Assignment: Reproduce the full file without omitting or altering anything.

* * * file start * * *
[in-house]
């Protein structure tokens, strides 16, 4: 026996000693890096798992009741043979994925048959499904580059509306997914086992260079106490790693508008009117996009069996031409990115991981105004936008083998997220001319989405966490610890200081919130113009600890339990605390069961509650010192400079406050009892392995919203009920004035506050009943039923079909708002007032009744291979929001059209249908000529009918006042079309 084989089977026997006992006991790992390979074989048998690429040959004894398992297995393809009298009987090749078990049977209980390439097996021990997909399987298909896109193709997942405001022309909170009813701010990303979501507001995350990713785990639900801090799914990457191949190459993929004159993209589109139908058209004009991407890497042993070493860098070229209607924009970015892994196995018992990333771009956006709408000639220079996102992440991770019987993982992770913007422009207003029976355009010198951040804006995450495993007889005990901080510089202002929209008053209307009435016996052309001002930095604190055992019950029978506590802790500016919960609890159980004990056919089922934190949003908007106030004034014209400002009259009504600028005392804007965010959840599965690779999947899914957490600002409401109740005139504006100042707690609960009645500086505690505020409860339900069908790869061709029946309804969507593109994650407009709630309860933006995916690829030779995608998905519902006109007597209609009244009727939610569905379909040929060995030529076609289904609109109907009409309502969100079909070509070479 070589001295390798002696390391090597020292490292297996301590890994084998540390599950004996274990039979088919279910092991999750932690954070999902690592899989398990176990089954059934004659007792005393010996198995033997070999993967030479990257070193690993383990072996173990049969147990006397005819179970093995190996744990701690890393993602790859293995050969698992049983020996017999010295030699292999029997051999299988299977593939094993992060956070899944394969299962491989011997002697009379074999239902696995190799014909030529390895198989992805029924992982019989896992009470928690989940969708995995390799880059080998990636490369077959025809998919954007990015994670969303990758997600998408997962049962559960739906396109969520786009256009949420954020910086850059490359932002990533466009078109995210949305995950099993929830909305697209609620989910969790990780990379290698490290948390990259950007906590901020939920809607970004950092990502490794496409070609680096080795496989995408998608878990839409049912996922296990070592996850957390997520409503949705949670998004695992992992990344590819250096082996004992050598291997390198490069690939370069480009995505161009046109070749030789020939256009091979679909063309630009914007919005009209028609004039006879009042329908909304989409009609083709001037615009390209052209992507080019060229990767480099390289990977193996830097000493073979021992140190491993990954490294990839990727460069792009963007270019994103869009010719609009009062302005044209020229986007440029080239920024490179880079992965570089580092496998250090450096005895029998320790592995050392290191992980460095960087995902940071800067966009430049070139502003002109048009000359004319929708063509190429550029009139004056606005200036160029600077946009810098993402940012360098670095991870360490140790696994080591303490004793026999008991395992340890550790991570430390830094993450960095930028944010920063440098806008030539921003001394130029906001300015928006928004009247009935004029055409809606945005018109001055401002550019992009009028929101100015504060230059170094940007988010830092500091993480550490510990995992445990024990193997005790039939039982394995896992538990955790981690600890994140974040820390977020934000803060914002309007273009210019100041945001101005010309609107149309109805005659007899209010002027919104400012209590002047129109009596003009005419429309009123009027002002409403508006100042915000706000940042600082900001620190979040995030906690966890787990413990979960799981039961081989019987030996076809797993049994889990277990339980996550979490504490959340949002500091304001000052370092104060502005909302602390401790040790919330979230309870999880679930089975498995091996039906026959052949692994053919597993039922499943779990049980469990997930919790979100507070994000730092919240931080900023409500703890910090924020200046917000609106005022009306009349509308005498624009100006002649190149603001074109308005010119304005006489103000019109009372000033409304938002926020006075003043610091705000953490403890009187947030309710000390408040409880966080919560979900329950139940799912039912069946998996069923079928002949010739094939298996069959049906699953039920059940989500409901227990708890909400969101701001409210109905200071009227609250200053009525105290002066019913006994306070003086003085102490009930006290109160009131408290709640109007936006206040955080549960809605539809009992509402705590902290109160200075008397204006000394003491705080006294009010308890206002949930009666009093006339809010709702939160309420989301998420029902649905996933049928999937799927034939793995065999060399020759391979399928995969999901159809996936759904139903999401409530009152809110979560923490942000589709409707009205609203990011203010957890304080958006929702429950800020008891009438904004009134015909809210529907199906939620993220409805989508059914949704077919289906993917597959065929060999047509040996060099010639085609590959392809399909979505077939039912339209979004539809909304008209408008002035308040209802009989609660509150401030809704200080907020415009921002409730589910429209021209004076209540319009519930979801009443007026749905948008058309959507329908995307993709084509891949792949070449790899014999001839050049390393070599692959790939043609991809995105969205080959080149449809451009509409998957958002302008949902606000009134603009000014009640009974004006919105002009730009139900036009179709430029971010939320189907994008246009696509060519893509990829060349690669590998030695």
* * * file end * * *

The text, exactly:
[in-house]
């Protein structure tokens, strides 16, 4: 026996000693890096798992009741043979994925048959499904580059509306997914086992260079106490790693508008009117996009069996031409990115991981105004936008083998997220001319989405966490610890200081919130113009600890339990605390069961509650010192400079406050009892392995919203009920004035506050009943039923079909708002007032009744291979929001059209249908000529009918006042079309 084989089977026997006992006991790992390979074989048998690429040959004894398992297995393809009298009987090749078990049977209980390439097996021990997909399987298909896109193709997942405001022309909170009813701010990303979501507001995350990713785990639900801090799914990457191949190459993929004159993209589109139908058209004009991407890497042993070493860098070229209607924009970015892994196995018992990333771009956006709408000639220079996102992440991770019987993982992770913007422009207003029976355009010198951040804006995450495993007889005990901080510089202002929209008053209307009435016996052309001002930095604190055992019950029978506590802790500016919960609890159980004990056919089922934190949003908007106030004034014209400002009259009504600028005392804007965010959840599965690779999947899914957490600002409401109740005139504006100042707690609960009645500086505690505020409860339900069908790869061709029946309804969507593109994650407009709630309860933006995916690829030779995608998905519902006109007597209609009244009727939610569905379909040929060995030529076609289904609109109907009409309502969100079909070509070479 070589001295390798002696390391090597020292490292297996301590890994084998540390599950004996274990039979088919279910092991999750932690954070999902690592899989398990176990089954059934004659007792005393010996198995033997070999993967030479990257070193690993383990072996173990049969147990006397005819179970093995190996744990701690890393993602790859293995050969698992049983020996017999010295030699292999029997051999299988299977593939094993992060956070899944394969299962491989011997002697009379074999239902696995190799014909030529390895198989992805029924992982019989896992009470928690989940969708995995390799880059080998990636490369077959025809998919954007990015994670969303990758997600998408997962049962559960739906396109969520786009256009949420954020910086850059490359932002990533466009078109995210949305995950099993929830909305697209609620989910969790990780990379290698490290948390990259950007906590901020939920809607970004950092990502490794496409070609680096080795496989995408998608878990839409049912996922296990070592996850957390997520409503949705949670998004695992992992990344590819250096082996004992050598291997390198490069690939370069480009995505161009046109070749030789020939256009091979679909063309630009914007919005009209028609004039006879009042329908909304989409009609083709001037615009390209052209992507080019060229990767480099390289990977193996830097000493073979021992140190491993990954490294990839990727460069792009963007270019994103869009010719609009009062302005044209020229986007440029080239920024490179880079992965570089580092496998250090450096005895029998320790592995050392290191992980460095960087995902940071800067966009430049070139502003002109048009000359004319929708063509190429550029009139004056606005200036160029600077946009810098993402940012360098670095991870360490140790696994080591303490004793026999008991395992340890550790991570430390830094993450960095930028944010920063440098806008030539921003001394130029906001300015928006928004009247009935004029055409809606945005018109001055401002550019992009009028929101100015504060230059170094940007988010830092500091993480550490510990995992445990024990193997005790039939039982394995896992538990955790981690600890994140974040820390977020934000803060914002309007273009210019100041945001101005010309609107149309109805005659007899209010002027919104400012209590002047129109009596003009005419429309009123009027002002409403508006100042915000706000940042600082900001620190979040995030906690966890787990413990979960799981039961081989019987030996076809797993049994889990277990339980996550979490504490959340949002500091304001000052370092104060502005909302602390401790040790919330979230309870999880679930089975498995091996039906026959052949692994053919597993039922499943779990049980469990997930919790979100507070994000730092919240931080900023409500703890910090924020200046917000609106005022009306009349509308005498624009100006002649190149603001074109308005010119304005006489103000019109009372000033409304938002926020006075003043610091705000953490403890009187947030309710000390408040409880966080919560979900329950139940799912039912069946998996069923079928002949010739094939298996069959049906699953039920059940989500409901227990708890909400969101701001409210109905200071009227609250200053009525105290002066019913006994306070003086003085102490009930006290109160009131408290709640109007936006206040955080549960809605539809009992509402705590902290109160200075008397204006000394003491705080006294009010308890206002949930009666009093006339809010709702939160309420989301998420029902649905996933049928999937799927034939793995065999060399020759391979399928995969999901159809996936759904139903999401409530009152809110979560923490942000589709409707009205609203990011203010957890304080958006929702429950800020008891009438904004009134015909809210529907199906939620993220409805989508059914949704077919289906993917597959065929060999047509040996060099010639085609590959392809399909979505077939039912339209979004539809909304008209408008002035308040209802009989609660509150401030809704200080907020415009921002409730589910429209021209004076209540319009519930979801009443007026749905948008058309959507329908995307993709084509891949792949070449790899014999001839050049390393070599692959790939043609991809995105969205080959080149449809451009509409998957958002302008949902606000009134603009000014009640009974004006919105002009730009139900036009179709430029971010939320189907994008246009696509060519893509990829060349690669590998030695």